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Chapel Street, Gillespie Memorial Church, (Church of Scotland), Including Boundary Wall and Gatepiers to West

A Category C Listed Building in Dunfermline, Fife

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Latitude: 56.0725 / 56°4'20"N

Longitude: -3.4624 / 3°27'44"W

OS Eastings: 309064

OS Northings: 687590

OS Grid: NT090875

Mapcode National: GBR 1Y.PG3F

Mapcode Global: WH5QR.SMFM

Entry Name: Chapel Street, Gillespie Memorial Church, (Church of Scotland), Including Boundary Wall and Gatepiers to West

Listing Date: 19 December 1979

Category: C

Source: Historic Scotland

Source ID: 362509

Historic Scotland Designation Reference: LB26037

Building Class: Cultural

Location: Dunfermline

County: Fife

Town: Dunfermline

Electoral Ward: Dunfermline Central

Traditional County: Fife

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Andrew Balfour, 1848-49; altered and hall added 1882; with later additions. 5-bay; symmetrical; rectangular-plan church, built as United Presbyterian chapel. Gothick design with with Tudor-arched entrance and octagonal piers flanking gabled central bay to principal (W) elevation. Polished ashlar principal elevation; coursed stugged ashlar elsewhere. Coped gables. Hood-moulded openings with chamfered reveals to principal elevation; droved chamfered reveals to windows to side (N and S) elevations.

W (PRINCIPAL) ELEVATION: steps up to central Tudor-arched entrance; 2-leaf panelled timber door. Ogee-headed hood-mould with foliate finial to traceried window above. Parapet raised at gable between octagonal piers flanking central bay; embellished clover-leaf cross finial at apex. Taller narrower traceried window to each of flanking bays. Stepped diagonal buttress to either side of elevation; each with gableted head surmounted by truncated pinnacle. Cill courses to outer bays and octagonal piers. Band courses over entrance, at cill level, adjoining hood-mould and at gable level to central bay and flanking octagonal piers.

N AND S ELEVATIONS: lancet window to each bay. Minor entranceway between 4th and 5th bays from left to N elevation; steps down to basement to between 1st and 2nd bays. Entrance into vestibule to lower height extension of 1882 adjoining to right of S elevation; droved surround; panelled timber door with rectangular fanlight. Window to right.

E ELEVATION: single storey harled extensions project some distance form church. Taller lean-to roof of 1882 choir range set back to centre of church.

Fixed multi-pane windows; some leaded stained glass. Grey slate roof. Small coped gablehead stack with to E side.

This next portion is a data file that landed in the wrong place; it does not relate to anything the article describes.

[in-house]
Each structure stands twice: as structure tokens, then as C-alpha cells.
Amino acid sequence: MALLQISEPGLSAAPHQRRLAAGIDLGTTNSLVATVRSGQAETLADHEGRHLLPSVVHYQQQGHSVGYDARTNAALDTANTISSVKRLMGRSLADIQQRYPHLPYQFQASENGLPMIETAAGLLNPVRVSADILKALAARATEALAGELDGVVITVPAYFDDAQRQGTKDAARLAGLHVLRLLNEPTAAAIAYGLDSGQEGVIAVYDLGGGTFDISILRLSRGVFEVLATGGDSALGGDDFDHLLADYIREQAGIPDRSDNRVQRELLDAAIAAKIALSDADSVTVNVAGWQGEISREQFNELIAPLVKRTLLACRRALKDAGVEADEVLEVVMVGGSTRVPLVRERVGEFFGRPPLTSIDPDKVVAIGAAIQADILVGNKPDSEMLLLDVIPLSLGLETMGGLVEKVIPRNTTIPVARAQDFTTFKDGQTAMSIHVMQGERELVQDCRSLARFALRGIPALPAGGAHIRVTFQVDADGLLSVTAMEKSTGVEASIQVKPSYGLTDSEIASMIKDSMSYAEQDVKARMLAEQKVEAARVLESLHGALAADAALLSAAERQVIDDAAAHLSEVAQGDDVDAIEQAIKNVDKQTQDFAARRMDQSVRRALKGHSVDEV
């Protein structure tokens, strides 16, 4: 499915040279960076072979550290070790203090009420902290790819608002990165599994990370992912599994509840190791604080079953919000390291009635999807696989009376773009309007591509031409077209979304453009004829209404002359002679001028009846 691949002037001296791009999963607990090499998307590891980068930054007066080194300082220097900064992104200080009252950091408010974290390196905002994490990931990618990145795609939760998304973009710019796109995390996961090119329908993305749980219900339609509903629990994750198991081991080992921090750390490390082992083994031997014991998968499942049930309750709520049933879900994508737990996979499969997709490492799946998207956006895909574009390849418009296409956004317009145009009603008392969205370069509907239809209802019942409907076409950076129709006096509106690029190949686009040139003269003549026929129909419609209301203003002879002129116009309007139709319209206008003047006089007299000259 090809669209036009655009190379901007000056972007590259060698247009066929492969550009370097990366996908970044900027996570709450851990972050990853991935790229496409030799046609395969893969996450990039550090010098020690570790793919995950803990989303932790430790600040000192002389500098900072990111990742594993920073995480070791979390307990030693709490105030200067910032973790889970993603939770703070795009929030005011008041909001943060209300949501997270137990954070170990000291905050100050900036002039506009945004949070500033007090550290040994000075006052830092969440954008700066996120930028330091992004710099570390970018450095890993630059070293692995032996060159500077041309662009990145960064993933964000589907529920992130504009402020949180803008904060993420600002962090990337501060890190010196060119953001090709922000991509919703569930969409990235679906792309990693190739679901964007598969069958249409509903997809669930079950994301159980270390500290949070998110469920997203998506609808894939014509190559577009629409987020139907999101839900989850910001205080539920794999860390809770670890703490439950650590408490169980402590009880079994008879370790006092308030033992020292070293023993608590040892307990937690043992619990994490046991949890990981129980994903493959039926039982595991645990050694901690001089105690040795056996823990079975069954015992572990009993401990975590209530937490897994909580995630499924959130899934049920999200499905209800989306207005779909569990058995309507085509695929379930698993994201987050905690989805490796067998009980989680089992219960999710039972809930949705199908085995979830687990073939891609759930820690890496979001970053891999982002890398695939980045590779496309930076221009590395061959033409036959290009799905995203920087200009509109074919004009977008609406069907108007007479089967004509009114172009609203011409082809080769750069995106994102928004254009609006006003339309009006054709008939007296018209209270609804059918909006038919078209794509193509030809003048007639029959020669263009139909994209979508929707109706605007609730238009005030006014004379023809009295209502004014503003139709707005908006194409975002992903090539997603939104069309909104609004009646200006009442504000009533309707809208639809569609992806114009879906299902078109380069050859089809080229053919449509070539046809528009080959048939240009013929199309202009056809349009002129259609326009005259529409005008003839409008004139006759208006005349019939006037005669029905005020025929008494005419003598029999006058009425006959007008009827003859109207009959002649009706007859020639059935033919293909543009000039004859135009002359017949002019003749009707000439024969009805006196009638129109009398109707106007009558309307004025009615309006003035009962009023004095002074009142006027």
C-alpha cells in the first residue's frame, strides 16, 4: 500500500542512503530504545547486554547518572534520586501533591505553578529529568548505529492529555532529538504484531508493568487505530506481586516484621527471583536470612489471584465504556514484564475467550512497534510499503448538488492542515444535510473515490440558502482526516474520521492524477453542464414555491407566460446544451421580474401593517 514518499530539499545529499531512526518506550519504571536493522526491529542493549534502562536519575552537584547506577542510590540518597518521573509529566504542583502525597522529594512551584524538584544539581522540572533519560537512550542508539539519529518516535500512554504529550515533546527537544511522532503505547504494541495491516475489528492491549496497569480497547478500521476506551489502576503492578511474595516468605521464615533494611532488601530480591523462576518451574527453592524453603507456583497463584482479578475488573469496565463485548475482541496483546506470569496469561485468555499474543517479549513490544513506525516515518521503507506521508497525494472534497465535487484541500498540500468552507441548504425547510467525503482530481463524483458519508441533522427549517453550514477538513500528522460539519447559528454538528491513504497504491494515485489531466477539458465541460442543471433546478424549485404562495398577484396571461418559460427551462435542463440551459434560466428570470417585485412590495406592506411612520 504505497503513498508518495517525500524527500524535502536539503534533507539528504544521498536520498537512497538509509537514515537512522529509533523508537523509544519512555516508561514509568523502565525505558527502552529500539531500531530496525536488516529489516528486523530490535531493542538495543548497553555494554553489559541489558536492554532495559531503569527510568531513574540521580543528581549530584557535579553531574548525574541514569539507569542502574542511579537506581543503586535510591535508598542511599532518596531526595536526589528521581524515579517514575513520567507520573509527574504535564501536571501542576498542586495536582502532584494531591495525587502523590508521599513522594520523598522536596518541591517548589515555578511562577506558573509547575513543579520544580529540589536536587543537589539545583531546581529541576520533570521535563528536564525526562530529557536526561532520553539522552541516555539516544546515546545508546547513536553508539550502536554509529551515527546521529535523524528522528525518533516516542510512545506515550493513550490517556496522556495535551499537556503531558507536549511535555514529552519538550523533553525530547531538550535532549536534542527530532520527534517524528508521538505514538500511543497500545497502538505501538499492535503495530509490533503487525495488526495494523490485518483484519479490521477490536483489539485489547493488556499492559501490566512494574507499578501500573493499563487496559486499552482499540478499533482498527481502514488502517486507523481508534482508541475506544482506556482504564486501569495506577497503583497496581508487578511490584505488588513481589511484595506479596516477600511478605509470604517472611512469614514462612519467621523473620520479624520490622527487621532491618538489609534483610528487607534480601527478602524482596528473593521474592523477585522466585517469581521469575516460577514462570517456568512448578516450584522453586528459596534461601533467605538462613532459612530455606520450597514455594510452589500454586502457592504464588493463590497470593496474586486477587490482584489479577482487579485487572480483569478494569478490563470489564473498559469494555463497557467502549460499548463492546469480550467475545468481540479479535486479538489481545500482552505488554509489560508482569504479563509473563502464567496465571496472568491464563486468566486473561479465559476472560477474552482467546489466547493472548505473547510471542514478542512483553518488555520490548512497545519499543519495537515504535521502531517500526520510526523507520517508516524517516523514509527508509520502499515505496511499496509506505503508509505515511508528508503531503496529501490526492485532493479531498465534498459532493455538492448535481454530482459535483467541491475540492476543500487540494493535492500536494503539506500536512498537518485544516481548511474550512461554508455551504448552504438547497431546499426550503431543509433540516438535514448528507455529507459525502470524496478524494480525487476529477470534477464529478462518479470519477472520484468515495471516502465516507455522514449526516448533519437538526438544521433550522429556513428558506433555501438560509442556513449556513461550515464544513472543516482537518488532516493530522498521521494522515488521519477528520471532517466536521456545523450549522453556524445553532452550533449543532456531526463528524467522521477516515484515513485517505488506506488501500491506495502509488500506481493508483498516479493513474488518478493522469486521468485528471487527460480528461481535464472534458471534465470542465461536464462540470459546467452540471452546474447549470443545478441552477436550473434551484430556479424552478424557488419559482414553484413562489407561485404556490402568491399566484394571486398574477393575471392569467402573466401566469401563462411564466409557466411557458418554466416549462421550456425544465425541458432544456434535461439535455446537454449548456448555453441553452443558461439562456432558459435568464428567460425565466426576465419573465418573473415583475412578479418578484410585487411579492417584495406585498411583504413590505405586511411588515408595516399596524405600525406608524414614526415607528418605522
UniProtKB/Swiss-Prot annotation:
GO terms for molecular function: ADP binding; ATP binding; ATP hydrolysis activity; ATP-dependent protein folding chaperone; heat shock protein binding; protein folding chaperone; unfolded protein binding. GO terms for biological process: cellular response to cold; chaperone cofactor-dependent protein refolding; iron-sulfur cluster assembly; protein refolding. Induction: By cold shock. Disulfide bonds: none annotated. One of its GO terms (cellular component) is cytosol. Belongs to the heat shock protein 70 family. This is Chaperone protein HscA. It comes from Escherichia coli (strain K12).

INTERIOR: U-plan gallery supported on cast-iron columns. Contemporary Gothic panelling to lower part of E end; flanking doorways and central fixed pulpit with steps up to either side. Plain pews with book rests. Moulded Caernarvon-arched opening with flanking foliate columns to choir range inserted 1882. Pair of stone staircases to gallery to either side of vestibule at W entrance. 4-panel Tudor-arched doors throughout. Stained glass window to W depicting goodness, meekness and gentleness in memory of Reverend Miller, died 1924; later windows (circa 1947) by R Douglas McLundie circa in 1882 choir range.

BOUNDARY WALL AND GATEPIERS: pair of late 19th century sandstone ashlar gatepiers to W; square-plan with chamfered sides on base; moulded Gothic band course; gablet enclosing trefoil to each side of coping; ball finial. Low flanking walls of coursed stugged sandstone with chamfered coping.

Statement of Interest

Ecclesiastical building in use as such. B-Group with 12 Chapel Street (former manse). The history of the church is an interesting one, and significant in terms of the Dissent movement. The congregation was founded in 1752 by the supporters of the Rev Thomas Gillespie, Minister of Carnock, one of the founders of the Relief Church, following his deposition by the Church of Scotland. Their meeting house was granted the status of Chapel of Ease in 1779. It is shown as 'Relief Church' on J Wood's 'Plan of the Town of Dunfermline' of 1823 (this may be the same building referred to in 'The Statistical Account of Scotland' of 1794 as having been built in 1775). In 1847 the Relief Church joined with the Secession Church to form the United Presbyterian Church of Scotland. The Gillespie Relief Church and the Maygate Secession Church (of Dunfermline) amalgamated, building the present church in 1848-49. In 1900 the Gillespie congregation became part of the United Free Church of Scotland. See separate list description for 12 Chapel Street (former manse).

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